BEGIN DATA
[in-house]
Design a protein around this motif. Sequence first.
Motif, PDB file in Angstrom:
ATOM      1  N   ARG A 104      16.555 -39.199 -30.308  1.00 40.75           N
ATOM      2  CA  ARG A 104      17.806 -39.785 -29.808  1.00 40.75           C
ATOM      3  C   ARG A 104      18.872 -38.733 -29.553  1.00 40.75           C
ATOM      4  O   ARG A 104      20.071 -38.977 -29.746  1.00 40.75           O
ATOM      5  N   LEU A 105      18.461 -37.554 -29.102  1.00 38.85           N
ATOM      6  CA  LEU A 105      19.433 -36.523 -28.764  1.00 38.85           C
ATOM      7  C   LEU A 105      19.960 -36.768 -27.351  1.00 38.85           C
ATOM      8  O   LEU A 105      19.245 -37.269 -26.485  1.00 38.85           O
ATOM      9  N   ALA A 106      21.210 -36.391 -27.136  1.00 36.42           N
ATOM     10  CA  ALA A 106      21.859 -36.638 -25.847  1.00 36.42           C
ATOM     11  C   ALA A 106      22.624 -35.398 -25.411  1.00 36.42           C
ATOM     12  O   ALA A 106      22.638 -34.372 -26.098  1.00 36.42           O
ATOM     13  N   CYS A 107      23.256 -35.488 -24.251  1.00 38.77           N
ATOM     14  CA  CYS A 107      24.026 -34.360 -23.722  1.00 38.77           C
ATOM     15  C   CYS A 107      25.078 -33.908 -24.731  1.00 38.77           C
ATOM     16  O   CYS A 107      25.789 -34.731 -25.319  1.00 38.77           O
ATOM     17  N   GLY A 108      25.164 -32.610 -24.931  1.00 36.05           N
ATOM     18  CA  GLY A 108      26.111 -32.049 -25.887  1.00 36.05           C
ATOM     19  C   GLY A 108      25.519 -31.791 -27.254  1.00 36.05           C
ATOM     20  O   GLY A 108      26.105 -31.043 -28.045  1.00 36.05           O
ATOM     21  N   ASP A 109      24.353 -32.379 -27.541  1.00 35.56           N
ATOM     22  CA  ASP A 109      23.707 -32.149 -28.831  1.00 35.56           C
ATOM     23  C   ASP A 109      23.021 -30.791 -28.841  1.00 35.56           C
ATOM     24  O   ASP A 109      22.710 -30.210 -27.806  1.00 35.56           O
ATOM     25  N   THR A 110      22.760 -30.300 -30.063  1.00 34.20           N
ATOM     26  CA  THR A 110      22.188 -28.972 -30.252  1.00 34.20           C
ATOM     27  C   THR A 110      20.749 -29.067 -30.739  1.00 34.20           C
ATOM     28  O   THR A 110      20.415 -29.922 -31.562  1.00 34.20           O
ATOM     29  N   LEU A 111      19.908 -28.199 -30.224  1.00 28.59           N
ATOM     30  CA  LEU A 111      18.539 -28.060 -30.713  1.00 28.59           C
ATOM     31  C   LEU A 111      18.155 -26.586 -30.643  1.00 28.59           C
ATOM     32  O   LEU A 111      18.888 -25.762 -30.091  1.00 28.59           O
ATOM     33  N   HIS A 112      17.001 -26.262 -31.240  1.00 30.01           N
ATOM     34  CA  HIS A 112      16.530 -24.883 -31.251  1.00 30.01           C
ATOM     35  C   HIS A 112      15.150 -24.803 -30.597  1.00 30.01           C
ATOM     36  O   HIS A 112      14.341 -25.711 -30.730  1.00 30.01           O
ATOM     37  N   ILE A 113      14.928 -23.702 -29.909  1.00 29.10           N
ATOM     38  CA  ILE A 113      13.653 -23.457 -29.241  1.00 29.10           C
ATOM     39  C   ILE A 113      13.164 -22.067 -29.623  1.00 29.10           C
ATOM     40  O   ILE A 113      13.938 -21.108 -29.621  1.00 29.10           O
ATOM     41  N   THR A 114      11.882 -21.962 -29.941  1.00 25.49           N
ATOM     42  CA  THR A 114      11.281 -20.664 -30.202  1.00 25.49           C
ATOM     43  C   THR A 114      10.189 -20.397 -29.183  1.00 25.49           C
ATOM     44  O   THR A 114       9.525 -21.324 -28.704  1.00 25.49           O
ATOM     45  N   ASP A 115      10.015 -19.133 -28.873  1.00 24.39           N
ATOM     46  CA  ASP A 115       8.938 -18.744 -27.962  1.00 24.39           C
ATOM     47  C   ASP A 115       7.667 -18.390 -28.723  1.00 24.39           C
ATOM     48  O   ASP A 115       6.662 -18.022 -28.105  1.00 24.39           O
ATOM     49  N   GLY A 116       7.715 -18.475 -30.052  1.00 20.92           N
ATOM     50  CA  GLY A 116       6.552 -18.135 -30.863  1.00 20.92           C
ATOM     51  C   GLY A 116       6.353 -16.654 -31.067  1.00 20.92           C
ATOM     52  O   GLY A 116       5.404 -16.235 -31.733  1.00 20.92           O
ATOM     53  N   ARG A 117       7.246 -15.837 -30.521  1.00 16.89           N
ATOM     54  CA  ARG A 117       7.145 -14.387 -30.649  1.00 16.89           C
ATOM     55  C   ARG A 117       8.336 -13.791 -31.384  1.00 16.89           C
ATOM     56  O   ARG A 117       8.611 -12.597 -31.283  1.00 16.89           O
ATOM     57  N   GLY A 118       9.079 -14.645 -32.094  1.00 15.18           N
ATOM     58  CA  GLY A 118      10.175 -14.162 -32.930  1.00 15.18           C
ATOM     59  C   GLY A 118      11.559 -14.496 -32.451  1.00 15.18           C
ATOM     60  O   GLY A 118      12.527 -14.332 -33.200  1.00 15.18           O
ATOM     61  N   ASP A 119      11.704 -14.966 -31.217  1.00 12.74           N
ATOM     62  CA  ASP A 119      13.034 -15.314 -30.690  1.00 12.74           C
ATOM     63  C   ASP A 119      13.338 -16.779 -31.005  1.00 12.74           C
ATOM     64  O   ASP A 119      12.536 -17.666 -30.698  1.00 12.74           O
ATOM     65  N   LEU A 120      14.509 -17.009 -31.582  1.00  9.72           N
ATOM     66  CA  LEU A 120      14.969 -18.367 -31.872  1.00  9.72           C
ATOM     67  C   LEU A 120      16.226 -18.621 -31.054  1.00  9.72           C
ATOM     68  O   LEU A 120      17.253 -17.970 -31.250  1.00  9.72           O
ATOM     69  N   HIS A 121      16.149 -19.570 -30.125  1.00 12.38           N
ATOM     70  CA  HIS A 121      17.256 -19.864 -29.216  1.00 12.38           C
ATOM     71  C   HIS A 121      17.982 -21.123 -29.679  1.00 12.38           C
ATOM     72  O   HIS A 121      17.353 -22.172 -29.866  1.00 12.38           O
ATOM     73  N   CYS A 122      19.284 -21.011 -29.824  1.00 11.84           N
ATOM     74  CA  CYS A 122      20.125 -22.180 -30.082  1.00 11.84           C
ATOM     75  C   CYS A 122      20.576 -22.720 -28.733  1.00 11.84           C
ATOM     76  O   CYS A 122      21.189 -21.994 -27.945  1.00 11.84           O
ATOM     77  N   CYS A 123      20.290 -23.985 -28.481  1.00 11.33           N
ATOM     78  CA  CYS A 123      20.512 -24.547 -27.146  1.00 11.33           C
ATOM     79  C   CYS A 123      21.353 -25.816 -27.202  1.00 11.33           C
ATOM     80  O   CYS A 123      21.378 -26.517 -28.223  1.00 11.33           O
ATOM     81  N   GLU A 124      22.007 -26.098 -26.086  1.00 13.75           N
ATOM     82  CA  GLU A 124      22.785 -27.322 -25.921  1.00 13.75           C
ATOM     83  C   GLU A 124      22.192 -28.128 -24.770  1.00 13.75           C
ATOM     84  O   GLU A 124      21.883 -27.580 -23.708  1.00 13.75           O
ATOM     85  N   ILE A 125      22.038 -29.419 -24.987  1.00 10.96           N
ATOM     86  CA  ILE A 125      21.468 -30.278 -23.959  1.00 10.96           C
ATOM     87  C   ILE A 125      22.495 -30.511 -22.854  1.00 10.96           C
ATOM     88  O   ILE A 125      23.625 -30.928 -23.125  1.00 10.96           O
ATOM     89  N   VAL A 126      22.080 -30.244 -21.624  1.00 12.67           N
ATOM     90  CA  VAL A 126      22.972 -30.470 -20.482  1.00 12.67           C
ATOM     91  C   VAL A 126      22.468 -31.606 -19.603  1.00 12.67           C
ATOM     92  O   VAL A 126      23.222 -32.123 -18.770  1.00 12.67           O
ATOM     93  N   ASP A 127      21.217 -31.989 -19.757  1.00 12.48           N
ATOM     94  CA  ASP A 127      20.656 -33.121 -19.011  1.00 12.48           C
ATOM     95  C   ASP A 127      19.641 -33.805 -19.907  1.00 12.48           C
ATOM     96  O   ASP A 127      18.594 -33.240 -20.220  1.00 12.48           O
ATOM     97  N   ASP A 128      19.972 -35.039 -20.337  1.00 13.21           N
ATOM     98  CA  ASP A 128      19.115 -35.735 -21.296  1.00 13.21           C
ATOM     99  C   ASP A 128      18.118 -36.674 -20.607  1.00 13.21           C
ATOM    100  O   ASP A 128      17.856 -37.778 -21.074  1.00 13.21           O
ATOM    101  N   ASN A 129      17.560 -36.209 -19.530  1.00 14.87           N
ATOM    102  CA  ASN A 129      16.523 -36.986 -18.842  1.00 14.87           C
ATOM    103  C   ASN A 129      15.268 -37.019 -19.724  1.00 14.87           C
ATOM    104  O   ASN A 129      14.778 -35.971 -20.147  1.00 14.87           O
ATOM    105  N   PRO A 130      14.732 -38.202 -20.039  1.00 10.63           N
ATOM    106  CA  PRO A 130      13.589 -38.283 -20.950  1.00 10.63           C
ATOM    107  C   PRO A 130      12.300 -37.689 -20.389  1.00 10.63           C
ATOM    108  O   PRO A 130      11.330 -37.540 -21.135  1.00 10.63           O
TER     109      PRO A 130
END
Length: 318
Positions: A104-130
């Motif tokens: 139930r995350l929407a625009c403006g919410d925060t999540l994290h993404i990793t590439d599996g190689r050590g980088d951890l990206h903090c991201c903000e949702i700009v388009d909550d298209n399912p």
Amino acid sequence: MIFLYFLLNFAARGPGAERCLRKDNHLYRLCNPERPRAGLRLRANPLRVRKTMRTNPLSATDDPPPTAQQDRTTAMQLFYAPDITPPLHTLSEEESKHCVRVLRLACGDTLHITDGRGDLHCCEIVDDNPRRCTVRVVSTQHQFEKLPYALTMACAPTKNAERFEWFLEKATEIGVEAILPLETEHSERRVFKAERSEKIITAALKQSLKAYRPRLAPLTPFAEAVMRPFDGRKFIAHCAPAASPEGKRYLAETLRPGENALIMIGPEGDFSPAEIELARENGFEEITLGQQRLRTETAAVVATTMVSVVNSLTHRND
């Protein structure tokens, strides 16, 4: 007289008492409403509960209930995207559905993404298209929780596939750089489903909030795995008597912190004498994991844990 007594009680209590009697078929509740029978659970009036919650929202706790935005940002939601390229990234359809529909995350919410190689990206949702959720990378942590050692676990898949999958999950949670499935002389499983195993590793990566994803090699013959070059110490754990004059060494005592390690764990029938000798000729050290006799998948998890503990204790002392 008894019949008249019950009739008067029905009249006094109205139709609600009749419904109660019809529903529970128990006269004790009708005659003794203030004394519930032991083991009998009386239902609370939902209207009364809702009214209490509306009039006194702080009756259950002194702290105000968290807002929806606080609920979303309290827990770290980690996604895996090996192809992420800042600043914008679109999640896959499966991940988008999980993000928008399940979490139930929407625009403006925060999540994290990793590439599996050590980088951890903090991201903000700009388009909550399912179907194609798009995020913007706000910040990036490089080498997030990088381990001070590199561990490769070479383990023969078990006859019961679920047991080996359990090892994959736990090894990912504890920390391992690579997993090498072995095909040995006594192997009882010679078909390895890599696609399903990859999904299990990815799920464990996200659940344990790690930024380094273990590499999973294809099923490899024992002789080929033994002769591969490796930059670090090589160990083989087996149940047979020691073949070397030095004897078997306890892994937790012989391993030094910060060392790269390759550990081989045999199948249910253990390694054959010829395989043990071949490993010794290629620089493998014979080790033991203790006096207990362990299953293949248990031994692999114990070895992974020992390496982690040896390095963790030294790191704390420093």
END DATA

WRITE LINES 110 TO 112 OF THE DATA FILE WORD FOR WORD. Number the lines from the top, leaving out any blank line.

ATOM    107  C   PRO A 130      12.300 -37.689 -20.389  1.00 10.63           C
ATOM    108  O   PRO A 130      11.330 -37.540 -21.135  1.00 10.63           O
TER     109      PRO A 130